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Toddlers to get digital ID in Philippines, Caymans

Cayman Islands ID card rollout to start with children, elderly
Toddlers to get digital ID in Philippines, Caymans

The Philippines is allowing children four years of age and younger to sign up for the country’s digital ID, the Philippine Identification System or PhilSys.

Signing up for the ID system usually requires biometric information, such as fingerprints, iris scan and a facial image. Registering children, however, will only require demographic data and a photograph, according to the Philippine Statistics Authority in the Central Visayas region. The agency, which is in charge of implementing the digital ID system, will only capture their biometrics once they reach five years old.

The children’s PhilSys Number (PSN) will be linked to their parents or legal guardians. Upon reaching the age of 15, their biographic and biometric data will be recaptured once again, Cebu Daily News reports.

The Philippines are currently on a drive to register 92 million Filipinos for PhilSys by June this year. To achieve this, the country has been sending out mobile teams to isolated areas, including special PhilSys boats.

As of March, the country had 85 million registered residents in the system.

Caymans lays out plans for ID card rollout

The Cayman Islands government has presented plans for issuing physical and electronic identity cards, known as eIDs, to people of all ages starting in the last quarter of 2024.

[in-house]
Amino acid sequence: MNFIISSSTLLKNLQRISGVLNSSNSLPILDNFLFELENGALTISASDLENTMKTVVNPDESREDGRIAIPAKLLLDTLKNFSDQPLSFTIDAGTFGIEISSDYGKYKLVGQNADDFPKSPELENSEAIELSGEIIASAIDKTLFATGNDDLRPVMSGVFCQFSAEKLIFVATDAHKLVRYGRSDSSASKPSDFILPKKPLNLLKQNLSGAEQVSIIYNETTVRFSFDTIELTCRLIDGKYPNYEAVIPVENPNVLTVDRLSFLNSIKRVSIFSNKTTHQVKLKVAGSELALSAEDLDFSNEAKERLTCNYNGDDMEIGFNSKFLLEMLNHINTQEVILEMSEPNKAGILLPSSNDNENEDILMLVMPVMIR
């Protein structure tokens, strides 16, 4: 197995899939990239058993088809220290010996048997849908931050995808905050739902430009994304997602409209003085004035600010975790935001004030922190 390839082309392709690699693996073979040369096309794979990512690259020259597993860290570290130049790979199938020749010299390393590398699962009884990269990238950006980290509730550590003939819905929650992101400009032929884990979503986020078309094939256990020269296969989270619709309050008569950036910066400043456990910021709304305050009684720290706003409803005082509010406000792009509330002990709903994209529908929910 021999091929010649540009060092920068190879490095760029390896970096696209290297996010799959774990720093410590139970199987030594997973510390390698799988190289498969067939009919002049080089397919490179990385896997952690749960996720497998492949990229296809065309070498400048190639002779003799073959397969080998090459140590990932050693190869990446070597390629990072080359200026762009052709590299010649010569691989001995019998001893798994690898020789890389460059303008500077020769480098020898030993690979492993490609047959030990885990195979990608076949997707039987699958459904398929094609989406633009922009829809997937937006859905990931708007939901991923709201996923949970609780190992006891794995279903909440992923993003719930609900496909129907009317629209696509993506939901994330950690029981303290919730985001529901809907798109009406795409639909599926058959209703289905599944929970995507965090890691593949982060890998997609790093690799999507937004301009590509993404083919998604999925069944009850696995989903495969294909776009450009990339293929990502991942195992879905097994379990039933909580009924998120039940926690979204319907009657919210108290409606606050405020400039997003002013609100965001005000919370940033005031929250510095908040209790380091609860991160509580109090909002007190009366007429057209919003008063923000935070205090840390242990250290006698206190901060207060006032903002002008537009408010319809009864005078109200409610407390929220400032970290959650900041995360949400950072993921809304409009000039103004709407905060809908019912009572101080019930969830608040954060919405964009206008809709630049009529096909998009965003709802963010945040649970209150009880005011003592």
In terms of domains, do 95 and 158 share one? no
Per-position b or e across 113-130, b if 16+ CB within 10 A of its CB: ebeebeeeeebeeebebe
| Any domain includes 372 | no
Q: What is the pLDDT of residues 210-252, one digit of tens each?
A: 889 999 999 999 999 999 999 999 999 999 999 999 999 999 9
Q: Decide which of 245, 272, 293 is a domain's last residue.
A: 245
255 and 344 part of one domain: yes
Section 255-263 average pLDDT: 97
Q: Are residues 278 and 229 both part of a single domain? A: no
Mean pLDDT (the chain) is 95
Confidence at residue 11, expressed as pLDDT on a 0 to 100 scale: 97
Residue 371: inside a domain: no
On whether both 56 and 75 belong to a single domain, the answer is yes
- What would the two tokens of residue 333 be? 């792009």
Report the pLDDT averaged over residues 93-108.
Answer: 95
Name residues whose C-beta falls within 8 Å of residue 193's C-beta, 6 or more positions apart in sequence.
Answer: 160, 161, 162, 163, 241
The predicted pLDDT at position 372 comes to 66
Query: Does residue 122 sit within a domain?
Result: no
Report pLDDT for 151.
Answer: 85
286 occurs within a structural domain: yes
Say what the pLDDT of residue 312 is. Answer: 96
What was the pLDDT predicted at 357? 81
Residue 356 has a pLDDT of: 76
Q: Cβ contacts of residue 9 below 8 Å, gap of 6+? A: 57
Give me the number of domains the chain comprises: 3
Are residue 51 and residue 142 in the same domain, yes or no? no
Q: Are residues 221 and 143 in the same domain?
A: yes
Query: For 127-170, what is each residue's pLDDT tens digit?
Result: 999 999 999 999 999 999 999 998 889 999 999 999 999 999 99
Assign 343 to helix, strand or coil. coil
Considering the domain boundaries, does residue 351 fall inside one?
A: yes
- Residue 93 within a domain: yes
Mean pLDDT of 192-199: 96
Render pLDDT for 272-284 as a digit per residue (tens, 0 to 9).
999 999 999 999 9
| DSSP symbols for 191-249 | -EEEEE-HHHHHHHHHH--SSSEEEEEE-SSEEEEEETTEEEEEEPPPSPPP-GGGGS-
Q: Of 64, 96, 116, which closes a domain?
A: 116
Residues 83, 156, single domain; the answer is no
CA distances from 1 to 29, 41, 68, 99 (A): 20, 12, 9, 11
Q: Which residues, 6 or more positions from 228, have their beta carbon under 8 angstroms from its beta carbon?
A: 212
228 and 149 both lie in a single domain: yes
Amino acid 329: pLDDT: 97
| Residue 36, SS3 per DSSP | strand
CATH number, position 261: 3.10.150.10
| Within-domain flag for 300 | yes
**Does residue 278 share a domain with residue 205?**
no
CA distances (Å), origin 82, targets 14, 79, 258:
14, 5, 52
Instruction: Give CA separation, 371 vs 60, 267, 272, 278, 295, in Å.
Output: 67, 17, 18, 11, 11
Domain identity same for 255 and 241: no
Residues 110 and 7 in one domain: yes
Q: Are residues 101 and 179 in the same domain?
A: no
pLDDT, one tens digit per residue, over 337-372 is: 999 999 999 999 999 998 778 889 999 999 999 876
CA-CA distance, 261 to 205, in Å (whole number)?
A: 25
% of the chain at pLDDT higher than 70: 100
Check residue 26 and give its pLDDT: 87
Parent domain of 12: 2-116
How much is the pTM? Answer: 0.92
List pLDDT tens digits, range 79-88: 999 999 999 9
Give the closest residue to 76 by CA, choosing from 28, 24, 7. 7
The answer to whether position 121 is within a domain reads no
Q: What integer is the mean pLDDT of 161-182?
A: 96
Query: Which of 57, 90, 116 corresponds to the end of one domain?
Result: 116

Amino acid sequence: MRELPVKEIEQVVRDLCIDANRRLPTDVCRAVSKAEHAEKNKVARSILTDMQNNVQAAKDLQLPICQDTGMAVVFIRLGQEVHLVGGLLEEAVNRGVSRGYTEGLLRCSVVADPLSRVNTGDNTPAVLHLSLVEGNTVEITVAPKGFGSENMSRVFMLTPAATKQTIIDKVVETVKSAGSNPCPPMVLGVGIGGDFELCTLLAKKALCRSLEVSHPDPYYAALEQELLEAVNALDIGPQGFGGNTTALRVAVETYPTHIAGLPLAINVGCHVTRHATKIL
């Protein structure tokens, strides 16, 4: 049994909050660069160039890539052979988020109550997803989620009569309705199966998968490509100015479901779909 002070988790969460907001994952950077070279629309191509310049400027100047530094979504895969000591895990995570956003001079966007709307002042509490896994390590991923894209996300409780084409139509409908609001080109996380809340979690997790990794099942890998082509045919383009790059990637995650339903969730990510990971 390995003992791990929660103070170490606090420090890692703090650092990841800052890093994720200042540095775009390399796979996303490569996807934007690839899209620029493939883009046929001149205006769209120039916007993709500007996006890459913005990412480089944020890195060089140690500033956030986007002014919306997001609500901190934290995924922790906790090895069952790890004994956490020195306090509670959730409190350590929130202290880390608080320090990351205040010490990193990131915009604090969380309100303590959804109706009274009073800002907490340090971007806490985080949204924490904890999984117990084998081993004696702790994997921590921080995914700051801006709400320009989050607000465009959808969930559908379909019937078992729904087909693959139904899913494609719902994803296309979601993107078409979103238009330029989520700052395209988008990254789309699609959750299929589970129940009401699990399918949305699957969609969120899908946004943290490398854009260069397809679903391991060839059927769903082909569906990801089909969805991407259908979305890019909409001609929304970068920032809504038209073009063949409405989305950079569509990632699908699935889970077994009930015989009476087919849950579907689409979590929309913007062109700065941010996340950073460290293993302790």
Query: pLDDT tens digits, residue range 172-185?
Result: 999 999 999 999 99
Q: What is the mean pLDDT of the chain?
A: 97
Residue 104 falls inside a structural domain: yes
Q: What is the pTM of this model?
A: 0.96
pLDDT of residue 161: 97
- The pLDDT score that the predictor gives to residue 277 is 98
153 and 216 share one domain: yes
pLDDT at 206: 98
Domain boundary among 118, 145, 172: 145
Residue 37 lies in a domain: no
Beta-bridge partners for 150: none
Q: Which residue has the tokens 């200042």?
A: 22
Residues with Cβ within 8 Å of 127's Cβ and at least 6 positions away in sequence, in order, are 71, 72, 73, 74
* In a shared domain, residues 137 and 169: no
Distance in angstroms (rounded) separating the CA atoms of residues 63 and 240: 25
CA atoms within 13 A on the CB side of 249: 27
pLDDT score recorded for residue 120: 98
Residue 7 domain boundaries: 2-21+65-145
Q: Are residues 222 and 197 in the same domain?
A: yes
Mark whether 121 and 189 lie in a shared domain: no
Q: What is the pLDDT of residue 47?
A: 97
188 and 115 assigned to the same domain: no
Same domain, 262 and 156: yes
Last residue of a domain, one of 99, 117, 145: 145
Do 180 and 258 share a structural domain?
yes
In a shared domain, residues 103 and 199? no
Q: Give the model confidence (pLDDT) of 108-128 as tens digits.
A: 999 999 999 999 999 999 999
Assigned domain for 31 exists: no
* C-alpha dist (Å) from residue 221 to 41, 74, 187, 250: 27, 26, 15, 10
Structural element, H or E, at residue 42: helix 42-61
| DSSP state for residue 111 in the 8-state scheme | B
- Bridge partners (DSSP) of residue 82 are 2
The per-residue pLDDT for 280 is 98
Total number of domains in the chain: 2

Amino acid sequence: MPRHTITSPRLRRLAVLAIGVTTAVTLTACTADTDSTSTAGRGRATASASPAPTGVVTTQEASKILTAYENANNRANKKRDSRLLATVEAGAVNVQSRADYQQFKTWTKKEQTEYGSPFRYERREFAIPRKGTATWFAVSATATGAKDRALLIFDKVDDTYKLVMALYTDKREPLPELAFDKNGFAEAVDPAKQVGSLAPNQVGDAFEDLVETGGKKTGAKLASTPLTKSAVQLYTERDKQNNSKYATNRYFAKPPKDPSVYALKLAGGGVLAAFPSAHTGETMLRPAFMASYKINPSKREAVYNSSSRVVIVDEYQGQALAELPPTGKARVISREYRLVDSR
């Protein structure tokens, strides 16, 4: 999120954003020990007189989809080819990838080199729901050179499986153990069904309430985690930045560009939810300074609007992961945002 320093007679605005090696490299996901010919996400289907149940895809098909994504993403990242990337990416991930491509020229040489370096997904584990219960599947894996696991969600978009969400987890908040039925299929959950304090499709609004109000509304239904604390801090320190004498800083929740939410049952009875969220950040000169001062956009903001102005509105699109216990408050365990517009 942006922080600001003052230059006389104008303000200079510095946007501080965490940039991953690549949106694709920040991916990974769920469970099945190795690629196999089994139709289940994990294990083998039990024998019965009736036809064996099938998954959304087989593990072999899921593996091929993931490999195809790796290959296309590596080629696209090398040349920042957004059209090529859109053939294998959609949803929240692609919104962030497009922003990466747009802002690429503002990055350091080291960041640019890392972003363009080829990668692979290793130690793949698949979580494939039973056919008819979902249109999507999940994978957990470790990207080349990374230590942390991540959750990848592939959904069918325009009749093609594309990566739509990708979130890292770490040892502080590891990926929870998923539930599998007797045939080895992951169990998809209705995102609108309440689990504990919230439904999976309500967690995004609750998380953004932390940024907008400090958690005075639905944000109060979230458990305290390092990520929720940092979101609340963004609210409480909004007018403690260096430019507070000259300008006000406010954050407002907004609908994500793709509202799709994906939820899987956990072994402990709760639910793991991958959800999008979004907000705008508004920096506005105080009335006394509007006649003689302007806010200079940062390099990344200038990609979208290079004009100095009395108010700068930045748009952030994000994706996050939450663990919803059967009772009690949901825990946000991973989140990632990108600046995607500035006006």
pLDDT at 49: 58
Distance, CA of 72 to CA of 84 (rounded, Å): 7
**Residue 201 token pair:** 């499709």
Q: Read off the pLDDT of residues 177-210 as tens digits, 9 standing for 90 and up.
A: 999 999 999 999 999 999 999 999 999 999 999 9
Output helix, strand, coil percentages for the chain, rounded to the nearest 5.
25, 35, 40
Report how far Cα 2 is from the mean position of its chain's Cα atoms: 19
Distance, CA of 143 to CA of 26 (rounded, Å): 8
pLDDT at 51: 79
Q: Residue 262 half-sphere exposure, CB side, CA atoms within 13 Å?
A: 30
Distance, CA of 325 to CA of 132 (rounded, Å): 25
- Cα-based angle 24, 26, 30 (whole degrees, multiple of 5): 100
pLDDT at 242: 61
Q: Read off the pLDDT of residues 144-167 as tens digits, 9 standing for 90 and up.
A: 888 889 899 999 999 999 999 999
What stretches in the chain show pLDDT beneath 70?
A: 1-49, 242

The first citizens that will receive the new IDs will be the elderly and the young, followed by the rest of the population, which is due to receive cards in 2025. The government said it chose to target their older and younger population first as they often lack alternative forms of identification such as passports.

Parents will be able to sign up children for a national digital ID card at any age. Children’s cards may have an optional QR code to share an emergency contact number, according to the Cayman Compass.

The Caribbean country passed the Identification Register Bill in December last year, paving the way for the launch of ID cards and a digital identity register by mid-June 2024. The US$9.6 million project still awaits the finalization of additional regulation by the end of this year, including the Identification Register Bill and the National Identification Card Bill.

The ID cards will not be mandatory, as the initial plan for obligatory enrollment into the register was dropped after pressure from the opposition. Government officials discussed the convenience that a digital ID card can provide for use cases like travel, and the potential to allow more people to open bank accounts.

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